wherein R2 is independently an alkyl, aryl or alkylaryl group containing up to 18 carbon atoms and from 0 to 8 heteroatoms selected from O or N, and further comprises a pendant t-butyl ester group; and R5a and R6 are each independently selected from hydrogen and straight and branched alkyl groups having up to 18 carbon atoms and from 0 to 8 heteroatoms selected from O and N.
71. The method of claim 70, wherein R2 comprises:
wherein j and m are independently an integer from 1 to 8, inclusive, and each R1 is a tert-butyl ester group.
72. The method of claim 71, wherein said polymer is copolymerized with up to about 75 wt % of a poly(C1-C4 alkylene glycol) having a molecular weight of 10,000 or less.
73. The method of claim 72, wherein said poly(C1-C4 alkylene glycol) weight fraction is less than about 25 wt %.
74. The method of claim 64, wherein R4 of said polymer unit is an aryl or alkylaryl group.
75. The method of claim 64, wherein said units described by Formula II comprise a diphenol unit.
76. The method of claim 75, wherein R4 is an alkylaryl group and said diphenol unit is described by Formula III:
wherein X for each polymer unit is independently Br or I, Y1 and Y2 are independently between 0 and 4 inclusive, Y1+Y2 is between 0 and 8, inclusive, and R2 for each unit is independently an alkyl, aryl or alkylaryl group containing up to 18 carbon atoms and from 0 to 8 heteroatoms selected from O and N, and R2 further comprises a pendant t-butyl ester group.
77. The method of claim 76, wherein R2 comprises:
wherein j and m are independently an integer from 1 to 8, inclusive, and R1 is a tert-butyl ester group.
78. The method of claim 76, wherein said polymer is copolymerized with up to about 75 wt % of a poly(C1-C4 alkylene glycol).
79. The method of claim 78, wherein said poly(C1-C4 alkylene glycol) weight fraction is less than about 40 wt %.
80. The method of claim 76, wherein all X groups are ortho-directed, and Y1+Y2=1, 2, 3 or 4.
81. The method of claim 76, wherein every X is iodine.
82. The method of claim 58, wherein said hydrolytically unstable polymer comprises one or more units defined by Formula I:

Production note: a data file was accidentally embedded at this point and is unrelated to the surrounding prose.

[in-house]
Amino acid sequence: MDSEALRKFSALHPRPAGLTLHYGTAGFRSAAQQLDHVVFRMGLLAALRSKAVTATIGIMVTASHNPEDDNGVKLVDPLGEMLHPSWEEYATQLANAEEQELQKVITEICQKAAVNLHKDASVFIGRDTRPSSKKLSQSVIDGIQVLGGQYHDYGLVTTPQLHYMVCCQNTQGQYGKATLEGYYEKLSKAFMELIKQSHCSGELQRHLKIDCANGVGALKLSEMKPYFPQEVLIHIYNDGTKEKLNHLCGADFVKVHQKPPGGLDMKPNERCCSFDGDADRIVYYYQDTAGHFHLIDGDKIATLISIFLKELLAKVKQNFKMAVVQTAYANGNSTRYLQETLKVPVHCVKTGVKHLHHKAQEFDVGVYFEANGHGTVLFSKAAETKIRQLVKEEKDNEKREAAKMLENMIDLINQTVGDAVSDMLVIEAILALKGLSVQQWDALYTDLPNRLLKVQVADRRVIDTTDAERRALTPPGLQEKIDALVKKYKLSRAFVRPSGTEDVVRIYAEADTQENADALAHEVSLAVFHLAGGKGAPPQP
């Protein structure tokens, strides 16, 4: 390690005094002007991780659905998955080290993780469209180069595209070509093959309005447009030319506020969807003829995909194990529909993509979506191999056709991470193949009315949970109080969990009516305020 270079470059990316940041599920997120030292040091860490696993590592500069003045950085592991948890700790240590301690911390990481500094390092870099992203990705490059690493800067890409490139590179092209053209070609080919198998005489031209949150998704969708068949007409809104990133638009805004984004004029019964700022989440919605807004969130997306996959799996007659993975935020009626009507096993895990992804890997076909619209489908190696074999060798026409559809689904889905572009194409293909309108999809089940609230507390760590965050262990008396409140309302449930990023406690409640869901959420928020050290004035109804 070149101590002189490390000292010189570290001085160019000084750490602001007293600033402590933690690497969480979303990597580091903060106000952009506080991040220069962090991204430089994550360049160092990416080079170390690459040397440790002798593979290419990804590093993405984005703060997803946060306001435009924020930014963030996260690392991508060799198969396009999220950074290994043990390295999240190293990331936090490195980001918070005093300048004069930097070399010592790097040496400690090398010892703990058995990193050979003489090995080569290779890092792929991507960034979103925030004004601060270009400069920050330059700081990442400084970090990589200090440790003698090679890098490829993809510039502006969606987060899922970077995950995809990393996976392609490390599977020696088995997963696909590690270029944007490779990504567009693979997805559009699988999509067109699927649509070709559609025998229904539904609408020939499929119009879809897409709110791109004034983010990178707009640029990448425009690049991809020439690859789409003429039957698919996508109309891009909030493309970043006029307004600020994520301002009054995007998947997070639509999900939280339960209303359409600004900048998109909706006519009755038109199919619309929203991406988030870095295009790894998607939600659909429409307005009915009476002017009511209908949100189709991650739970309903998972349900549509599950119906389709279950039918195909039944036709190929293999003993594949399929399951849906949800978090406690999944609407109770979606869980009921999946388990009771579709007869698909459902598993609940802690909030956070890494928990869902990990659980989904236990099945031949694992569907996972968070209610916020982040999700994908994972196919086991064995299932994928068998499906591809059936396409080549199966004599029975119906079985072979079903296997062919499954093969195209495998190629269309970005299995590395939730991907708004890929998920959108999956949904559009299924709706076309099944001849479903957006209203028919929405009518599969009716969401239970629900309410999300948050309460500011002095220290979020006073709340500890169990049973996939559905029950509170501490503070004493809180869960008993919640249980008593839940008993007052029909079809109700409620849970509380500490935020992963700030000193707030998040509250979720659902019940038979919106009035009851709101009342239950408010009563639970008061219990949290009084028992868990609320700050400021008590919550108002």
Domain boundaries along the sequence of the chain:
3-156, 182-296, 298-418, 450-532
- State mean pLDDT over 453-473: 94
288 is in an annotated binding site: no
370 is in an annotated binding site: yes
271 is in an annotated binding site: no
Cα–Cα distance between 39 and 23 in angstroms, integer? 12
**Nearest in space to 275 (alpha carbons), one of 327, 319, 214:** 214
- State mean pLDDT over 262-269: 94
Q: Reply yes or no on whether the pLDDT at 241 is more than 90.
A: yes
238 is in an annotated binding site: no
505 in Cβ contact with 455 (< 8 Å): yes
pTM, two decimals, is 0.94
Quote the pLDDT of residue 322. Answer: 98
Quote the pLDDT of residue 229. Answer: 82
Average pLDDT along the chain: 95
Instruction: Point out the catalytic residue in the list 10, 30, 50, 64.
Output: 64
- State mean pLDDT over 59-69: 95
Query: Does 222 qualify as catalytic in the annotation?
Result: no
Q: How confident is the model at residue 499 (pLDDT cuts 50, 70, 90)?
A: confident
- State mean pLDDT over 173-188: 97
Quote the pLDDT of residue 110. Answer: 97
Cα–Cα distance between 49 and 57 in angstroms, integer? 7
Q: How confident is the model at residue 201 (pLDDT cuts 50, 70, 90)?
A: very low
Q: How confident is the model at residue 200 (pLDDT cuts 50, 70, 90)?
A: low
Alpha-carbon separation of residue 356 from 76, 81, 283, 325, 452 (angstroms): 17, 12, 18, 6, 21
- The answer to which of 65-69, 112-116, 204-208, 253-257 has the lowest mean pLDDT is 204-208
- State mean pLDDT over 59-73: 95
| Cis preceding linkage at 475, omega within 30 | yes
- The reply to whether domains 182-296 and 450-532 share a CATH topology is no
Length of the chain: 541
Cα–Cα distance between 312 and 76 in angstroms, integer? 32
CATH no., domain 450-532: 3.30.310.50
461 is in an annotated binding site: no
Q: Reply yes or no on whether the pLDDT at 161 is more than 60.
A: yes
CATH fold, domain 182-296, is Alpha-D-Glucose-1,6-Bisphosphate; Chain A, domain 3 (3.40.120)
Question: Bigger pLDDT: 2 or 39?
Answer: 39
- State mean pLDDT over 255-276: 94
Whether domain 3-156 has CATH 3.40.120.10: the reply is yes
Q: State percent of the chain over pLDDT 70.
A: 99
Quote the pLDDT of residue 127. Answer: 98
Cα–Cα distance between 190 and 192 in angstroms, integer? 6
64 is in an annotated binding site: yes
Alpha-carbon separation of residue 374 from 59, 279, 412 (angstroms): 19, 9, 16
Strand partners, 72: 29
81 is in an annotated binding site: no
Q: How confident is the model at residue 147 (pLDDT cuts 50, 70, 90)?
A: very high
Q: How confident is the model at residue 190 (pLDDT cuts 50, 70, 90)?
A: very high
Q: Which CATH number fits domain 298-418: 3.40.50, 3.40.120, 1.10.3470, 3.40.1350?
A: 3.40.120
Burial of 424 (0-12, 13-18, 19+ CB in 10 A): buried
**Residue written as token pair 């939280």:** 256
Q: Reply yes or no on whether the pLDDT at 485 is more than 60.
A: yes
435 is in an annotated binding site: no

wherein each X is independently I or Br, Y1 and Y2 for each diphenol unit are independently between 0 and 4, inclusive, and Y1+Y2 for each diphenol unit is between 0 and 8, inclusive.
wherein R and R2 for each unit are independently an alkyl, aryl or alkylaryl group containing up to 18 carbon atoms and from 0 to 8 heteroatoms selected from O and N, and R2 further comprises a pendant-t-butyl ester group;
wherein A is either:
wherein R3 is a saturated or unsaturated, substituted or unsubstituted alkyl, aryl, or alkylaryl group containing up to about 18 carbon atoms and 0 to 8 heteroatoms selected from O and N;
wherein P is a poly(C1-C4 alkylene glycol) unit; f ranges from 0 to less than 1; g ranges from 0 to 1, inclusive; and f+g ranges from 0 to 1, inclusive.
83. The method of claim 82, wherein R2 comprises:
wherein j and m are independently an integer from 1 to 8, inclusive, and R, the subgroup R is independently a straight-chain or branched alkyl group ranging from 1 to about 18 carbon atoms containing from 0 to 5 heteroatoms selected from O and N; and for R2, the subgroup R1 is a tert-butyl ester (tB) group.
84. The method of claim 82, wherein all X groups are ortho-directed, and Y1+Y2=1, 2, 3 or 4.
85. The method of claim 62, wherein every X is iodine.
86. A polymer comprising one or more units described by Formula II:
wherein X for each polymer unit is independently Br or I, Y is between 0 and 4, inclusive, and R4 is an alkyl, aryl or alkylaryl group with up to 18 carbon atoms and from 0 to 8 heteroatoms selected from O and N, and further comprising a pendent tert-butyl ester group.
87. The polymer of claim 86, wherein said polymer is copolymerized with up to about 75 wt % of a poly(C1-C4 alkylene glycol).
88. The polymer of claim 87, wherein said poly(C1-C4 alkylene glycol) weight fraction is less than about 40 wt %.
89. The polymer of claim 86, wherein all X groups are ortho-directed, and Y is 1 or 2.
90. The polymer of claim 86, wherein every X is iodine.
91. The polymer of claim 86, wherein R4 is an alkyl group.
92. The polymer of claim 86, wherein said R4 has the structure: